Adopting a Puppy

Adopting a puppy is a big decision. Before taking the plunge, it is a good idea to research breeds, training techniques, breeders, and shelters.

Dogs have long been referred to as “man’s best friend.” They are often used in working situations (therapy dogs, Seeing Eye dogs, etc.) and make great companions. America has had a long love affair with its dogs, and each year more and more people adopt or buy a dog.

Pre-Puppy Adoption Process

Before deciding whether to adopt a dog, it is a good idea to research a few key things. For starters, research the many breeds of dogs. Information such as average size, amount of required daily activity, and other idiosyncrasies is readily available. Not all breeds will fit all lifestyles.

Another area of research is training. There are several popular training techniques practiced and taught (through books, websites, TV shows, and DVDs) by dog trainers. Some training techniques use positive reinforcement through affection, while others preach the use of treats. There are trainers who advocate shock collars for problem dogs, while others shun this practice. Classes exist from Puppy Kindergarten to Agility Training to Dominance Training. Before bringing a vulnerable puppy home, it is good to know the various types of training techniques. Practicing a specific training technique will make the transition process as smooth as possible.

The third area of research should consist of where to get the puppy. Most cities have county-run shelters, and there is an increasing number of private-run shelters popping. Both The Humane Society and The SPCA are excellent resources to utilize when looking for shelter.

All shelters have different rules and regulations; however, many do put unwanted dogs to sleep. Therefore, adopting from a shelter can potentially save a life. In addition, shelters are typically less expensive than buying a purebred dog from a breeder.

When a specific breed is desired, many choose to buy a puppy from a breeder. Before buying from a breeder, ensure that the breeder is reputable and that inhumane practices are not occurring in order to turn a large profit. Things such as over breeding of dogs and keeping the dogs in small, filthy cages do happen, so get references and visit the breeder before buying. Consult the Humane Society’s website for tips on how to find a reputable breeder.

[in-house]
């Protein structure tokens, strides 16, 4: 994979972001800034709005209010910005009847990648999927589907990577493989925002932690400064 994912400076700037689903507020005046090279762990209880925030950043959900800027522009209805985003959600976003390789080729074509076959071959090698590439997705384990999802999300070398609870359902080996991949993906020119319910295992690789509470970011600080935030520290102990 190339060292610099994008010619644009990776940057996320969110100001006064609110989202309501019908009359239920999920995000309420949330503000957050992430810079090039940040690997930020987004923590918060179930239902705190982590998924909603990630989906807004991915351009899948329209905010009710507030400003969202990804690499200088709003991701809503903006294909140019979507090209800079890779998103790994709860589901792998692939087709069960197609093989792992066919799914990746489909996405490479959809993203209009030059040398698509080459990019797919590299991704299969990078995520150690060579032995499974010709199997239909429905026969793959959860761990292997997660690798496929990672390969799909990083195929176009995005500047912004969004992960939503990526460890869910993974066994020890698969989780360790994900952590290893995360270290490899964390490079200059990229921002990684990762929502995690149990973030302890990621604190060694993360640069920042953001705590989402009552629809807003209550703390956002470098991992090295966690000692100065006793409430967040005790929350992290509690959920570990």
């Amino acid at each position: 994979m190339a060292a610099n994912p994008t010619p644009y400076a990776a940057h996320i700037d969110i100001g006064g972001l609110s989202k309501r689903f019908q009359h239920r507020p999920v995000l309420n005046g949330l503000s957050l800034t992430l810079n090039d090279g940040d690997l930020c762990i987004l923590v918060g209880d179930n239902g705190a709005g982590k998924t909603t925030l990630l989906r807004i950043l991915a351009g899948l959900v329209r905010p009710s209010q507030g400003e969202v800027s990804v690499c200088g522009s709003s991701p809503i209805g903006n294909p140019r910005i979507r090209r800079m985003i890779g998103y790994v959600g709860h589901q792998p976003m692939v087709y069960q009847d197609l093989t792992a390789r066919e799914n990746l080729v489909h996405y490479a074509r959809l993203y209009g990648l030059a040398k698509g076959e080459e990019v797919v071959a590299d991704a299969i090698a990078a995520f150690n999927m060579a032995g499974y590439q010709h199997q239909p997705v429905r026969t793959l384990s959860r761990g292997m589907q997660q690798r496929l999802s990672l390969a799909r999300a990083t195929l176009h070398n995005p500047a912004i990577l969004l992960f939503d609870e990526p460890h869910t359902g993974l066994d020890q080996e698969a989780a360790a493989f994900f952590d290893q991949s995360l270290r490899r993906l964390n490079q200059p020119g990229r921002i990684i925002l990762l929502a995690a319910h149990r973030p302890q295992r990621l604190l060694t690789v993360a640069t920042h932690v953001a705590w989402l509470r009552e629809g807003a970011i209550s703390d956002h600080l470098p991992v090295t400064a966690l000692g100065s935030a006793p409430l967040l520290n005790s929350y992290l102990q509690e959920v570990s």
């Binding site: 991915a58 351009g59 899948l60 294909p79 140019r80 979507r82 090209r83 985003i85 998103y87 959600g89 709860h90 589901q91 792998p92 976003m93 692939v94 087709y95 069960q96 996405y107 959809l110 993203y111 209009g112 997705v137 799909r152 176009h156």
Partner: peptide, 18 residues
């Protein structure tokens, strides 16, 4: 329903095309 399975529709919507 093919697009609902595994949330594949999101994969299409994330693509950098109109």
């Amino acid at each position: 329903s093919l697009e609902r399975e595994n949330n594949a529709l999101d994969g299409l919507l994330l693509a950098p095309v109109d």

Purebreds do exist in shelters, according to the Humane Society, one in four dogs in a shelter is a purebred. The challenge is finding the exact breed desired. A great resource for breed-specific puppy adoption is Petfinder. Petfinder is an online resource that enables users to key in a few search criteria, and it returns a list of dogs from area shelters and rescue groups that match the criteria.

Bringing the Puppy Home

Once proper research has been done, and a puppy has been chosen, it will be time to bring the newest family member home. This is an exciting time for the owners, especially for small children. However, this can be a very traumatic time for a young puppy. The puppy has most likely only been living for 8-10 weeks, and all that time was probably spent with his littermates and/or mother.

Before the puppy enters his new home, the owners should procure any necessary items the young dog will need. Keys items are a collar, a leash, food, treats, toys, and a crate. It is not necessary to focus heavily on training the first day, instead slowly introduce the new puppy to his new home.

The puppy needs to create a bond and build trust with his new owners. This is not something that will happen immediately, but with a lot of patience, positive reinforcement, and of course, love, a smooth transition will occur, and a lasting healthy companionship will grow.